Linda Kleindienst Explains Her View on The Change of Online Business
Why Malls Are Disappearing
I remember going shopping with my mother when I was a kid, driving into downtown Huntington (in New York on the north shore of Long Island) to visit the bank, the grocery store and do whatever else was on her list to do that day.
Huntington, unlike most towns in Florida, has been around a long time, founded in 1653. There were two main streets lined with any type of shop you could imagine. Sort of like an outdoor mall — the way most towns developed.
Sometimes Mom would drop me off with a few friends at the movie theater while she made her shopping rounds. We’d see a movie and then cross the street to the pizza parlor or maybe walk down the street and do some window-shopping or slip into the five-and-dime to look around. (Am I dating myself here?)
When I reached my teens, “the mall” was built — several miles from downtown, more centrally located to attract shoppers from the region. An enclosed facility, it was the perfect spot (especially when it was cold, snowing or raining) for teenagers to hang out on a Saturday to do some shopping, some eating and lots of socializing. Still, downtown continued to thrive, and we had the best of both worlds.
Today, we see malls closing around the country or scrambling for ways to reinvent themselves and bring back shoppers. Small towns are losing many of their “mom and pop” stores. Part of the reason is that the smaller stores can’t compete with the box store down the street that buys in bulk and undersells them, but a lot has to do with the growing influence of the Internet on our lives.
How did you shop for the holidays this past season? Did you shop local or turn to your computer or one of your smart devices to order and ship gifts to friends and relatives? Beyond that, how did you deposit that check you got in the mail from Aunt Susie? Did you point and click with your smart phone or drive to a local branch of your bank to put it in your account?
Research shows that the only thing growing faster than the Internet is online banking. A 2014 study from the Board of Governors of the Federal Reserve System reported that more than half (51 percent) of U.S. adults were banking online — and the percentage has surely grown since then — and that 33 percent of cell phone users were mobile bankers.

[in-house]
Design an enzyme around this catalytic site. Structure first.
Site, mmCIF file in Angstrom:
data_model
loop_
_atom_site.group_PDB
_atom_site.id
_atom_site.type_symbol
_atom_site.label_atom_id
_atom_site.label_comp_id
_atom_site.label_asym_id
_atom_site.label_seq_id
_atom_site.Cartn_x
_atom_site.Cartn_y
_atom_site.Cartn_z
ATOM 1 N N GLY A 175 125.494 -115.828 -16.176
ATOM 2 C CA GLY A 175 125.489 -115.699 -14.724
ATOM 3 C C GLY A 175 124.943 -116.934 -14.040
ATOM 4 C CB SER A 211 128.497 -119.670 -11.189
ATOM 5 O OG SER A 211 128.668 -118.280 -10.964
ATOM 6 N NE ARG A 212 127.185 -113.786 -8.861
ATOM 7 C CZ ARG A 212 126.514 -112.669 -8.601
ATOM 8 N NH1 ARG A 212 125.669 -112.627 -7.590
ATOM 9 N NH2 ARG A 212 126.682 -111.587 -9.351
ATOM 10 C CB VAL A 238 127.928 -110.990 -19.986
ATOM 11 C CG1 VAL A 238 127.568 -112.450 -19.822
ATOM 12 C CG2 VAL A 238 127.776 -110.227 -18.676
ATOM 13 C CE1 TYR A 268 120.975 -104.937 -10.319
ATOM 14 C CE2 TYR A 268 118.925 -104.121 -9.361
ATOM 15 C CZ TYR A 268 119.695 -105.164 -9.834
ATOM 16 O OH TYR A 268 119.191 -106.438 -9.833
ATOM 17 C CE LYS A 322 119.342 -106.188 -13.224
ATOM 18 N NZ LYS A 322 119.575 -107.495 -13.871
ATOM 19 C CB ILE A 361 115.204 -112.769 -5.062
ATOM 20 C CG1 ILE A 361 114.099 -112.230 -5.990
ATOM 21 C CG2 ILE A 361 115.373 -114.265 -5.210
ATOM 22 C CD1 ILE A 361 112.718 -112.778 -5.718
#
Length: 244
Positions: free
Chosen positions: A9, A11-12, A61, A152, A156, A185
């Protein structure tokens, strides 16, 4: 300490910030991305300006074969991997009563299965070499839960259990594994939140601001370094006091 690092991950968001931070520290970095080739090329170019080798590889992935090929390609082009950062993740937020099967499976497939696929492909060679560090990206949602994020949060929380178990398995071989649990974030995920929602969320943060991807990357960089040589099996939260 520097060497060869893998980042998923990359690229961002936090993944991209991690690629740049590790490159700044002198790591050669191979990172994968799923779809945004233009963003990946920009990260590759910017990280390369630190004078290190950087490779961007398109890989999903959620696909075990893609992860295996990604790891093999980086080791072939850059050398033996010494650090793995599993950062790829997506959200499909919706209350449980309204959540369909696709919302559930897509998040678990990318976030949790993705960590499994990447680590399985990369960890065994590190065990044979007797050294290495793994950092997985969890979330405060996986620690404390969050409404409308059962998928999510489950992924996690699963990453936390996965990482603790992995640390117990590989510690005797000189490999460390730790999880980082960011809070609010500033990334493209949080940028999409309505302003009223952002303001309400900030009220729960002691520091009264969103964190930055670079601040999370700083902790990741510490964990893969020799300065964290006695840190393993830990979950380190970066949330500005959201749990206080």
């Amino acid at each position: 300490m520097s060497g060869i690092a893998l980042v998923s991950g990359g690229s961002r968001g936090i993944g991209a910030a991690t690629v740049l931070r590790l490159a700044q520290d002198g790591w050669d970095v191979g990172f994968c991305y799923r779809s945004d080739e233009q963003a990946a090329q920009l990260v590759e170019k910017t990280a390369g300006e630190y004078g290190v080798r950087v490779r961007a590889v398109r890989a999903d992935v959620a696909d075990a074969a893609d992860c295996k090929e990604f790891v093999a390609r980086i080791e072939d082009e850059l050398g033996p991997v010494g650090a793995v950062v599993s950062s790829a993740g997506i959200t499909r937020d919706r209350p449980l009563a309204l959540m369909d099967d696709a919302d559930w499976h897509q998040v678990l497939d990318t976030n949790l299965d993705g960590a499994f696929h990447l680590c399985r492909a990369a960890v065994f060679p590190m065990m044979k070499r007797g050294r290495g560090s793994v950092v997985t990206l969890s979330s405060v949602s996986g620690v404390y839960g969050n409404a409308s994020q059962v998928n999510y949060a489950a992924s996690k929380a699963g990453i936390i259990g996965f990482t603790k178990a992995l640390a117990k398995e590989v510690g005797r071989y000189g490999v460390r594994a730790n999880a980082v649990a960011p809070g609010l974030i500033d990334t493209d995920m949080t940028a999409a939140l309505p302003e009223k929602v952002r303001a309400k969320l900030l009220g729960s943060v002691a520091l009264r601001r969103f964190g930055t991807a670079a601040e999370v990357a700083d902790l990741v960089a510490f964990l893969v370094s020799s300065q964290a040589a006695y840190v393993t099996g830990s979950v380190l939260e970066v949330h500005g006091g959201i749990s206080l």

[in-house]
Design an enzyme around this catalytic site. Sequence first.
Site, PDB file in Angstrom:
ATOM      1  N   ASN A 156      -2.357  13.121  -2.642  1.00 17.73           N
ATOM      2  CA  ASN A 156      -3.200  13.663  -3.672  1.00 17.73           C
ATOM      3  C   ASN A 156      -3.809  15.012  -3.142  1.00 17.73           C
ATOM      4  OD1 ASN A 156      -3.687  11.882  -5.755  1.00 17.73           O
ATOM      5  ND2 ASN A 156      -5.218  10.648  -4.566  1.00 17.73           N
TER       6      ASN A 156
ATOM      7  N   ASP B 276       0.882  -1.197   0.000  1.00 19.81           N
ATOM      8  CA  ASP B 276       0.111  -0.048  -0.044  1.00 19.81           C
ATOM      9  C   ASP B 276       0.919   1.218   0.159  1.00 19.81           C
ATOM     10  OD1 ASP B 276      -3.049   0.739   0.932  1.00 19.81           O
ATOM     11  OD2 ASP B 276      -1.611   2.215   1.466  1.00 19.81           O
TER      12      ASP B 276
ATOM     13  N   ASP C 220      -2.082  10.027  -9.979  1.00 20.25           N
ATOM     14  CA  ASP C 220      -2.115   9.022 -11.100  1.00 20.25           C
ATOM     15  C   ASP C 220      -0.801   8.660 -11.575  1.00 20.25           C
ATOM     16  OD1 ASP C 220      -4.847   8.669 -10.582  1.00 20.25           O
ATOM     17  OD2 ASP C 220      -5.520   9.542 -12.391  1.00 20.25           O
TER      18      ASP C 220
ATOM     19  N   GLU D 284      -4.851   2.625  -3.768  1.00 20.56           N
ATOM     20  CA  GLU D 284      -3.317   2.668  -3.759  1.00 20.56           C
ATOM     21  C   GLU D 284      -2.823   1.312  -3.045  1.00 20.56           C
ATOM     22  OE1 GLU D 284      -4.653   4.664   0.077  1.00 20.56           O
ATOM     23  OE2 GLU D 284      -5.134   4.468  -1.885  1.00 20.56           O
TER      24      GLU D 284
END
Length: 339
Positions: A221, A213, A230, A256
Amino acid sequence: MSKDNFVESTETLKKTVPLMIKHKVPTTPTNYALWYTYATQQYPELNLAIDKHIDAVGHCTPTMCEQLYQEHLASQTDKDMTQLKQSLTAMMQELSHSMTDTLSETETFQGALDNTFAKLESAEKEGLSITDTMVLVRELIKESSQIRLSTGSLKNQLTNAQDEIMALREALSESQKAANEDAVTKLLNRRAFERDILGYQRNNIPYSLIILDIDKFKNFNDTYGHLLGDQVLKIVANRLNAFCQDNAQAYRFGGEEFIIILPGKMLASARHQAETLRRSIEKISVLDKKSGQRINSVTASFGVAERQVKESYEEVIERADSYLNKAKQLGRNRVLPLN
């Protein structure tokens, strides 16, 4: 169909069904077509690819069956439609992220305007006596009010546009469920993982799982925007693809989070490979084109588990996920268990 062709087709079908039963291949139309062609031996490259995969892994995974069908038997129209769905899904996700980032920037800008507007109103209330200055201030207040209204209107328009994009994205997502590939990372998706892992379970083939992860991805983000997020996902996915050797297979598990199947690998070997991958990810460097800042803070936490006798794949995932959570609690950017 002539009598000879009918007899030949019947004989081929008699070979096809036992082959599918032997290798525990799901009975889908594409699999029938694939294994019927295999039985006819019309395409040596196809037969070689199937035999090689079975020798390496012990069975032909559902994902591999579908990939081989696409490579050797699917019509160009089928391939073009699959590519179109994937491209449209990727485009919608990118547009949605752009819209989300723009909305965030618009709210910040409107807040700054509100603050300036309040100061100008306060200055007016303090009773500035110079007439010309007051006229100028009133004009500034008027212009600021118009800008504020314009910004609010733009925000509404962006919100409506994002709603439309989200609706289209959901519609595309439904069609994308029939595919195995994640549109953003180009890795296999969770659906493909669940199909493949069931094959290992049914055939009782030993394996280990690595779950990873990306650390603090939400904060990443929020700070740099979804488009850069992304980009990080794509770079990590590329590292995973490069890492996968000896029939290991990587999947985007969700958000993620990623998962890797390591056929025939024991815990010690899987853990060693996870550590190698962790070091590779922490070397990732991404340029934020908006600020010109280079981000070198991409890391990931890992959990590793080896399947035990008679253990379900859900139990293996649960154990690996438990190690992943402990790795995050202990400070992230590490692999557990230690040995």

So, are we, as a society that is relying more and more on our smart devices, sounding the death knell for our small towns and our malls? It leads me to wonder what our towns of tomorrow will look like and whether even more brick and mortar will disappear.
Somehow, it was comforting to me growing up to know that my hometown had a center, a place that was familiar, where I could walk into the bank to take money out of my savings account, go to the movies, eat a slice of pizza or get an ice cream soda, mosey into the Woolworth’s to buy lipstick and window-shop along the way. For the past five years, Long Islanders have voted Huntington as the best downtown in the region. I visited several years ago and felt a sense of comfort that, while the store names have changed, the basic concept of a downtown was still intact and thriving
There have been attempts throughout the 850 region to spruce up some of our downtowns, breathing new life back into areas that have fallen into disrepair or onto hard times. Pensacola especially is making a hard push in that direction now.
I wonder how our towns will look in the future as we turn more and more to our smart devices to do our work for us. I can only hope that deep down we all keep that yearning for the familiar, a place that feels like home, a downtown with stores where we can look at and touch the items we want to purchase for ourselves and friends, with a bank that has the friendly teller who remembers our child has a Christmas Club or special savings account. A downtown helps build a sense of community and a sense of pride in who we are and where we came from.